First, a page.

Monday, January 22, 2018

A poem that counts

     Recently I discovered (at this thought-provoking number-poem by Oklahoma poet Quraysh Ali Lansana.

bible belted: math     by Quraysh Ali Lansana 

          Pro-Black doesn’t mean anti-anything.
                   El Hajj Malik El-Shabazz (Malcolm X)

there are at least twenty-seven
white people i love. i counted.

four from high school, five from
undergraduate years, maybe  

Friday, January 19, 2018

Counting syllables and supporting life

Today, as abortion-protesters march in Washington, I look back to a post from March 25, 2013 and repeat it below.  I, too, cherish life -- and know that sometimes people face very difficult choices.
*   *   *   *   *
In a perfect world in which every pregnancy is wanted and every life supported with love, there would be no need for abortion.  As I work toward that world, I have penned this small syllable-square poem of concern about the vulnerability of young lives.

       36 Syllables       by JoAnne Growney

       More than abortion, fear
       unwanted lives -- saddest
       consequence for children
       conceived without a plan
       for parenting.  There is
       more than one way to die.  

Thursday, January 18, 2018

OULIPO, Mathews -- and permutations of proverbs

     Harry Mathews (1930-2017) was a writer -- novelist, poet, essayist, and translator --whose work interests me a great deal.  He was the only American member of the original Oulipo -- a group formed around 1960 of writers and mathematicians who experimented with a variety of constraints designed to force new arrangements of words and thoughts.  An example cited in a NYTimes feature that followed his death on January 25 illustrates the challenges he set for himself:  he rewrote a poem by Keats using the vocabulary of a Julia Child recipe.  What some might have seen as pointless, Mathews found intellectually liberating.
Mathews served as Paris Editor of the Paris Review from 1989 to 2003 and the Spring 2007 issue offers an interview.   The summer 1998 issue offers samples of his perverbs -- that is, permuted proverbs:
"The word perverb was invented 
by Paris review editor Maxine Groffsky
to describe the result obtained by crossing two proverbs.
For example, "All roads lead to Rome" and "A rolling stone gathers no moss"
give us "All roads gather moss" and "A rolling stone leads to Rome"

Tuesday, January 16, 2018

Blog history -- title, links for previous posts . . .

      My first posting in this blog was nearly eight years ago (on March 23, 2010).  If, at the time, I had anticipated its duration, I should have made a plan for organizing the posts.  But my ambitions were small.  During the time I was teaching mathematics at Bloomsburg University, I gathered poetry (and various historical materials) for assigned readings to enrich the students' course experiences. After my retirement, I had time to want to share these materials -- others were doing well at making historical material accessible to students but I thought poetry linked to mathematics needed to be shared more.  And so, with my posting of a poem I had written long ago celebrating the mathematical life of Emmy Noether, this blog began.  Particular topics featured often in postings include -- verse that celebrate women, verses that speak out against discrimination, verses that worry about climate change.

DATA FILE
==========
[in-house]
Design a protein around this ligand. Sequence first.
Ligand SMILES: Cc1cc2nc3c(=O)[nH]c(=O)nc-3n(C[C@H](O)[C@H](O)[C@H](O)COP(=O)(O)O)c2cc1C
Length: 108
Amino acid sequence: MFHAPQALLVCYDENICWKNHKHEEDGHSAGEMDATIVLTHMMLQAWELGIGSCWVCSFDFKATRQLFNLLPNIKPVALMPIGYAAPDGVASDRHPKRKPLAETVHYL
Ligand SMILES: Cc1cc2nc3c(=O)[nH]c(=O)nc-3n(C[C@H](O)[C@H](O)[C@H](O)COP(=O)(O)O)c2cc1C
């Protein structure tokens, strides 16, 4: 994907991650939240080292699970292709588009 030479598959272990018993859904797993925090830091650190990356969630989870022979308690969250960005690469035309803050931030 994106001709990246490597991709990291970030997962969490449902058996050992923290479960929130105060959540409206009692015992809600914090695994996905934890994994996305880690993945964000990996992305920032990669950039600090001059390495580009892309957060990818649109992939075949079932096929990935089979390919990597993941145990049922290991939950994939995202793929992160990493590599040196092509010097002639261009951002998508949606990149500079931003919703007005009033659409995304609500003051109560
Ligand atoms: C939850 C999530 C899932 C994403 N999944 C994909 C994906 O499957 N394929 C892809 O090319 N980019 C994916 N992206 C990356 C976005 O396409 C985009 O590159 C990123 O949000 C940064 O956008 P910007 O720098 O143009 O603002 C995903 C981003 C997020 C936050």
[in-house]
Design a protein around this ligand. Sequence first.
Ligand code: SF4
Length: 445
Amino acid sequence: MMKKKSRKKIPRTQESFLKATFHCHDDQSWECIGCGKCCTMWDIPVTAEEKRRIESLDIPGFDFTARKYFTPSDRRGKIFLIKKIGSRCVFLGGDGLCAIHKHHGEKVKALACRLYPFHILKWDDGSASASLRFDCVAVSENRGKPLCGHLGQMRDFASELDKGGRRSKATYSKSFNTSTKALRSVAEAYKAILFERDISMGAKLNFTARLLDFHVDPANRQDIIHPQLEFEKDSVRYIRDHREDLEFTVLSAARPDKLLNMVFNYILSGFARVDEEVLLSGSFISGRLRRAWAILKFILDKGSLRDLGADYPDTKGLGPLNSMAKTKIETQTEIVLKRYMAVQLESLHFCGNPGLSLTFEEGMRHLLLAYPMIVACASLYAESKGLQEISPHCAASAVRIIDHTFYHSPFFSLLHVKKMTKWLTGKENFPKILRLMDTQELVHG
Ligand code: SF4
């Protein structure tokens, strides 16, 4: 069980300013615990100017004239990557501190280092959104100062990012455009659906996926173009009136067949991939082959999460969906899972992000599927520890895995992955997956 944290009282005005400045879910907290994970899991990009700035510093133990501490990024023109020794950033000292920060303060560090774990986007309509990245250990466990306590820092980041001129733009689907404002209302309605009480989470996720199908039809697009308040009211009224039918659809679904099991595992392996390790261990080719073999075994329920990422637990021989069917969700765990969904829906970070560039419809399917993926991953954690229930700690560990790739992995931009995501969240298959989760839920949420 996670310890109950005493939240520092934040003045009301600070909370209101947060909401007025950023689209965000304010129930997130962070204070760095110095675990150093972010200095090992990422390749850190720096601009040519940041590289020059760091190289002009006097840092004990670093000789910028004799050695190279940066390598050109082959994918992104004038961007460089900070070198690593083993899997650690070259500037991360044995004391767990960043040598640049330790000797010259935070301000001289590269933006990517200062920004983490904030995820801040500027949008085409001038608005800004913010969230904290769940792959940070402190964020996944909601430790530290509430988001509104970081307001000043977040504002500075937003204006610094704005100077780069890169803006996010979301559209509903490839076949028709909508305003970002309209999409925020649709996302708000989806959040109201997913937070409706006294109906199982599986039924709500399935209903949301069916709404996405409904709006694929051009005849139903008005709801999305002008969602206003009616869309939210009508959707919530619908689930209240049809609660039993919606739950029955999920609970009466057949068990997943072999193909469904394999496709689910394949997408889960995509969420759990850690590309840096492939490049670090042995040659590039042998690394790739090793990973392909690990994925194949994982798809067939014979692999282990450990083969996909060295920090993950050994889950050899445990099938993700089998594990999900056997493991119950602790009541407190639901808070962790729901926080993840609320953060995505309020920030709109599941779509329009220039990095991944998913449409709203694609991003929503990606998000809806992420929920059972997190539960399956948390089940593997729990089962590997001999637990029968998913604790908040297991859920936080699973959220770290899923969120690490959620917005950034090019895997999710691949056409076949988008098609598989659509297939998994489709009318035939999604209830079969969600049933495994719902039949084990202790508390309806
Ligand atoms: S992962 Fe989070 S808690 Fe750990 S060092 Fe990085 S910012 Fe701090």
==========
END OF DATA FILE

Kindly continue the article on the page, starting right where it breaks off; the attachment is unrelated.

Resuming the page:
You're invited to:
Scroll through the titles below, browsing to find items of interest
among the more-than-nine-hundred postings since March 2010
Click on any label -- a list is found in the right-hand column below the author profile 
Enter term(s) in the SEARCH box -- and find all posts containing those terms.

 For example, here is a link to the results of a SEARCH using    math women 

And here is a link to a poem by Brian McCabe that celebrates math-woman Sophie Germain.
This link reaches a poem by Joan Cannon that laments her math-anxiety.
This poem expresses some of my own divided feelings.

                                       2017 Posts

Monday, January 15, 2018

Honor Martin Luther King -- think on his words!

Celebrating the birthday of Martin Luther King (1929-1968)
with his words-- which include several mathy terms.

We must accept 
finite disappointment
but never lose
infinite hope.                                                             Freedom is never
voluntarily given
by the oppressor; 
it must be demanded
by the oppressed.

When you are right                  
you cannot be too radical;                 
when you are wrong,                  
you cannot be too conservative.                 

Thursday, January 11, 2018

Clear the head for best thinking by walking

     An engineer -- and friend -- who is a long-time supporter of the STEM to STEAM program is US Naval Academy Professor Greg Coxson.  Although a member of the Electrical and Computer Engineering Department, Coxson has a strong interest in the arts.  He reads widely and has suggested a number of poems  for this blog.  Recently his recommendation was "Solvitur Ambulando" by Billy Collins, a poem found on pages 92-93 of the collection The Rain in Portugal (Random House, 2016).   Below I offer the opening stanza and the final, mathematical, portion of Collins' fine poem.  (Go to the book and read more!)